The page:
Desert Code Camp -- Day 2

Well, it’s actually day 1, but it’s day two in Tempe (tem-PEE) for me.  Here’s the summary.

C# 3.0 Beyond Linq:  This was my presentation.  Nothing special here.  Take a look at the Simple Properties and Extension methods screencasts that I have posted and you’ll get the basic gist of the presentation.  I swear that I will finish the Lambdas screencast soon….honest.  The coolest thing in this presentation was the 10 year old kid that attended.  What I was covering wasn’t rocket science, but this kid asked some of the most intelligent and pointed questions.  He was really groking potential limitations and implementations of the stuff I was showing.  After the presentation I spoke with him and his mom and this kid is working, with a mentor, on writing an ASP.NET application for a real live client.  I really wish I’d had opportunities like this when I was a kid.

Intro to Linux for Desktop Users:  Painful.  These guys were trying to show how easy it was to use Linux as a desktop OS.  Well….I admit that I don’t use a projector at home, but when that doesn’t work and the presentation is done by holding up a laptop screen in front of the room, I begin to thing that there still might be a problem.  The guys were good enough to provide a CD with Ubuntu so that we could follow along.  This was very painful to watch and didn’t, unfortunately, give me the intro that I really wanted.

ObjectBuilder/Composite UI Application Block:  This is the first time I’ve sat in a technical presentation and felt like JP would in a presentation on DataSets.  It’s obvious that this guy knows CAB.  Ha!  He just muttered “It seems so complicated”….a sure sign that it is more complicated that it needs to be.  CAB looks like a beast.  I don’t like the fact that your type mapping (i.e. when asking for ICustomer please give me the Customer object type) is burned into the code.  When I asked why you’d want this the response was that it allows you to compartmentalize your code so that no knowledge of it is made outside your “module”.  Apparently putting the mapping into an XML file, like Castle Windsor does, would expose to much information for potentially nefarious uses (what they may be eludes me, but whatever).  CAB will not allow you to provide dependency injection to the first form that is being loaded by the application.  I guess you’d better hope that the first form doesn’t have any smarts.  I hope that this is not his standard coding practice….multiple public classes in one file…blech.  The ProfileCatalog is how the modules are registered with CAB.  It loads the objects in reverse.  Oh my…..Single Responsibility Principle hasn’t made it to this part of Arizona yet.  This is some nasty shite.  Looking at this I don’t see how it could be easily mocked.  It would probably take a lot of proxies and wrappers just to be able to mock.  I might be wrong on that, but I don’t see why I should have to go to all that extra work just to mock a layer.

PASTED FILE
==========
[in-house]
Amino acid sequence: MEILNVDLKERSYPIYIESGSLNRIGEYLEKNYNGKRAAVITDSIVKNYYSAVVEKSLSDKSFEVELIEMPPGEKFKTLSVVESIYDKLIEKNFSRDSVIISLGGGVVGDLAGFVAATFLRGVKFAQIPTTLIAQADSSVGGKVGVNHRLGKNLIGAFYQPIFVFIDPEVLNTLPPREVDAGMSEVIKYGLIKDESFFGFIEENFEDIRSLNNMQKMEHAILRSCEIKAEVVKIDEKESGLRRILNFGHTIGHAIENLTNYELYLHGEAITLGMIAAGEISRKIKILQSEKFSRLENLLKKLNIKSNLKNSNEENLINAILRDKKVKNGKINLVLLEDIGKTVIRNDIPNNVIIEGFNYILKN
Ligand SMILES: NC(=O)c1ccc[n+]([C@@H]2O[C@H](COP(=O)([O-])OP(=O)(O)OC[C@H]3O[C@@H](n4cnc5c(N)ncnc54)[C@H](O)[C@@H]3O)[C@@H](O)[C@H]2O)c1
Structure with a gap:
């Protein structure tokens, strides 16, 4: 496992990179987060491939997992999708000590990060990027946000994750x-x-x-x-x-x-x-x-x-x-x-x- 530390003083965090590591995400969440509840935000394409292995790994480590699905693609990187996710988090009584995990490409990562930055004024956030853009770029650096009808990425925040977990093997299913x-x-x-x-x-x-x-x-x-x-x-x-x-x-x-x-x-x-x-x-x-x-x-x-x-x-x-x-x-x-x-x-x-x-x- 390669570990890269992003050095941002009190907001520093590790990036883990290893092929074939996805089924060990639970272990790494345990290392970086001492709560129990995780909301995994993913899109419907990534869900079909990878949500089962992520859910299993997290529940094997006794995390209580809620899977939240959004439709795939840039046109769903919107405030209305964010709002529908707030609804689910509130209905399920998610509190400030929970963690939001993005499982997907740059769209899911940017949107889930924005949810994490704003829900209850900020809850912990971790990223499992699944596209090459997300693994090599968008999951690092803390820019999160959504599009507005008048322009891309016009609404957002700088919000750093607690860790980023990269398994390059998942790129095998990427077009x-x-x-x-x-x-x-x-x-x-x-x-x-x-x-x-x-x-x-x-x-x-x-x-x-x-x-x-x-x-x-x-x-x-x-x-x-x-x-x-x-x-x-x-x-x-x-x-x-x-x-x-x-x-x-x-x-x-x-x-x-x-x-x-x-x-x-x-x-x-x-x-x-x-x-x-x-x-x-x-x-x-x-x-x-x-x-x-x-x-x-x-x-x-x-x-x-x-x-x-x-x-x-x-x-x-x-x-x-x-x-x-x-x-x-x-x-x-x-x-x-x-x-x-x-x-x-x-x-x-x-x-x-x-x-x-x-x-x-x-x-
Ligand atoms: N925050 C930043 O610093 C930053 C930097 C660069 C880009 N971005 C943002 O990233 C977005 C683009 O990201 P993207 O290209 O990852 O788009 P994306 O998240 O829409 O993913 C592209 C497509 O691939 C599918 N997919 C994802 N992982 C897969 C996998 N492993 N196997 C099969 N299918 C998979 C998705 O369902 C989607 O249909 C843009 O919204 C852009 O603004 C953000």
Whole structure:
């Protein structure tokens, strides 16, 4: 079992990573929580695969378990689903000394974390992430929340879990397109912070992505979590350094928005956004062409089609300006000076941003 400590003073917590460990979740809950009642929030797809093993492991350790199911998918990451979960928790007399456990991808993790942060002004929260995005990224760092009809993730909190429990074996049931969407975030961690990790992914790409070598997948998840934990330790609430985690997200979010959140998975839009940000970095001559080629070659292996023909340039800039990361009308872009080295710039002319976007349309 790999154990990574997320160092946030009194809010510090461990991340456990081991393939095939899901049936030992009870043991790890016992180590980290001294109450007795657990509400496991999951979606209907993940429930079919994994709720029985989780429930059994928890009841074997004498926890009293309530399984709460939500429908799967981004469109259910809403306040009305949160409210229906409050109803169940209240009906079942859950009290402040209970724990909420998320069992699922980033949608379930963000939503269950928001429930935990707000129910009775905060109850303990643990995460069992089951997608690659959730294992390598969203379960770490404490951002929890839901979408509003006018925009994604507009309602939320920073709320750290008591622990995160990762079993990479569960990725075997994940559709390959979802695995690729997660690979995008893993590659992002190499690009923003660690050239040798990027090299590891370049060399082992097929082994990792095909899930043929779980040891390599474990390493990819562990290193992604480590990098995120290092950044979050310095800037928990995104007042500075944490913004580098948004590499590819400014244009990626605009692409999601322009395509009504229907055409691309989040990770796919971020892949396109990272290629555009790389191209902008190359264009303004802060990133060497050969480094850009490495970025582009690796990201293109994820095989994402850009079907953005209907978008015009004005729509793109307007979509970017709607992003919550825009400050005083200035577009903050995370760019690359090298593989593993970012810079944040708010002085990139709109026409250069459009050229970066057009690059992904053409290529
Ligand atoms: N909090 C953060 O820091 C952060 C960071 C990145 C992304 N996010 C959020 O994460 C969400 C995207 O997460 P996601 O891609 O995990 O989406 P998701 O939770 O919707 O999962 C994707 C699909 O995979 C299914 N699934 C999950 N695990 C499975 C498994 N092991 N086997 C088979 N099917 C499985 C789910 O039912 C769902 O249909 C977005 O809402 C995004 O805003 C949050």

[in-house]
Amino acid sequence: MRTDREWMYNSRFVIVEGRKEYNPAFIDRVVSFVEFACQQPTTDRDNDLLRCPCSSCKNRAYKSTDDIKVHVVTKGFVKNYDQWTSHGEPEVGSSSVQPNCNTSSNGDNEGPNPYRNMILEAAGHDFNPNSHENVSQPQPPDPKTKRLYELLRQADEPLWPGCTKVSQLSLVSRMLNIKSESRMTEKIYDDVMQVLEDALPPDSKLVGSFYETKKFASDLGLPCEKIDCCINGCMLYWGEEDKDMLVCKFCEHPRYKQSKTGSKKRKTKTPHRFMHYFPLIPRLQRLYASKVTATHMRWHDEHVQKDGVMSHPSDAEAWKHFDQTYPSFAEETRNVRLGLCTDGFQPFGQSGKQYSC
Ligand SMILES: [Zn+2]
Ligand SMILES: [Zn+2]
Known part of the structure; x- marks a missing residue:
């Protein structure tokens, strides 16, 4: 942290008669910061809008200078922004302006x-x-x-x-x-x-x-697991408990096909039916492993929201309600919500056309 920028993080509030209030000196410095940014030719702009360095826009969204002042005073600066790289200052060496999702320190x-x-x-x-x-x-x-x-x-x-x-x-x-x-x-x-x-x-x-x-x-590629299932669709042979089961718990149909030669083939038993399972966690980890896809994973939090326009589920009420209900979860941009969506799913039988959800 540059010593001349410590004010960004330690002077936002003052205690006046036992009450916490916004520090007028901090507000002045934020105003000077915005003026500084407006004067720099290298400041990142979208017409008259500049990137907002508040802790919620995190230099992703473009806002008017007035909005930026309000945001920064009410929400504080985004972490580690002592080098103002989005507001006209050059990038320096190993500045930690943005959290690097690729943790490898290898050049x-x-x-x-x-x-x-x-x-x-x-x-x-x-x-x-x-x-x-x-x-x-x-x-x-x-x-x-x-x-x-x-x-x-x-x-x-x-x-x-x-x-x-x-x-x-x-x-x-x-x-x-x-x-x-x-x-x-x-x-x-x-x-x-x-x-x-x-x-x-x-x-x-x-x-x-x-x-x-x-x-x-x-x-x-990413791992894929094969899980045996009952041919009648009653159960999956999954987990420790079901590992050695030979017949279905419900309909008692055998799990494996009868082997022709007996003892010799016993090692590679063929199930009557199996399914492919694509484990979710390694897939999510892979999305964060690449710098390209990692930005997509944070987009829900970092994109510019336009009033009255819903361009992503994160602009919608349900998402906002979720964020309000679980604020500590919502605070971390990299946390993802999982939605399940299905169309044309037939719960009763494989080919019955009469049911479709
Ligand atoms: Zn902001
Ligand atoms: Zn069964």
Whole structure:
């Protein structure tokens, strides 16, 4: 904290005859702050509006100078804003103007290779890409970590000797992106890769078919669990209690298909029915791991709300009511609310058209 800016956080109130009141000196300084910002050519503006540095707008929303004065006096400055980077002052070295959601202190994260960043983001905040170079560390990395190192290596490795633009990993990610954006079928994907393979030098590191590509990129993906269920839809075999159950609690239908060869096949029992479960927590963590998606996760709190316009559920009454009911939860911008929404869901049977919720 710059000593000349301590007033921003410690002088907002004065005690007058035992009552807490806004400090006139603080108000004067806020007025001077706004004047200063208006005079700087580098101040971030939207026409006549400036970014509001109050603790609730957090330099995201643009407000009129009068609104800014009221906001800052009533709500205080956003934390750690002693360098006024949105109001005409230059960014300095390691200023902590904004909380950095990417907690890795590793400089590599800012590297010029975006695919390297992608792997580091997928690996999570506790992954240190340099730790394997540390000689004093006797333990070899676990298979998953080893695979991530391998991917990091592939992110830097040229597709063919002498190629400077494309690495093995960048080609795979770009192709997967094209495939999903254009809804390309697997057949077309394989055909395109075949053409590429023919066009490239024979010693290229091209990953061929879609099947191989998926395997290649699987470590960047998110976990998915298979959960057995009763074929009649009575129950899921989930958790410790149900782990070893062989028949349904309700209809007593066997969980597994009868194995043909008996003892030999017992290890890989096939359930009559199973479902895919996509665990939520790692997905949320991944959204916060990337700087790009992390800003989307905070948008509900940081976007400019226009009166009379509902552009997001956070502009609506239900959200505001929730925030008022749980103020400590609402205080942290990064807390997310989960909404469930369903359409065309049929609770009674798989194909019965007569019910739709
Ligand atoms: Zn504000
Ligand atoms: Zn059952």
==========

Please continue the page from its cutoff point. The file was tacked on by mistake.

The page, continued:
My analysis….CAB is a plug-in architecture that is using dependency injection.  Not something unreasonable to be hand-rolled in a day or two with the right tools.  If you did that you’d have something a little less “elephant-in-a-china-shop” and it would probably expose a lot prettier interface to the developer that was consuming it.

Wrapup:  Well, according to Lorin they gave away about 400 handouts so this has to be considered a big success.  The content was good and the attendees were pretty intense.


Well, we’re off to a Google piss up.  Like always, I’m going to see if I can bankrupt one of the biggest computer companies in the world through alcohol consumption.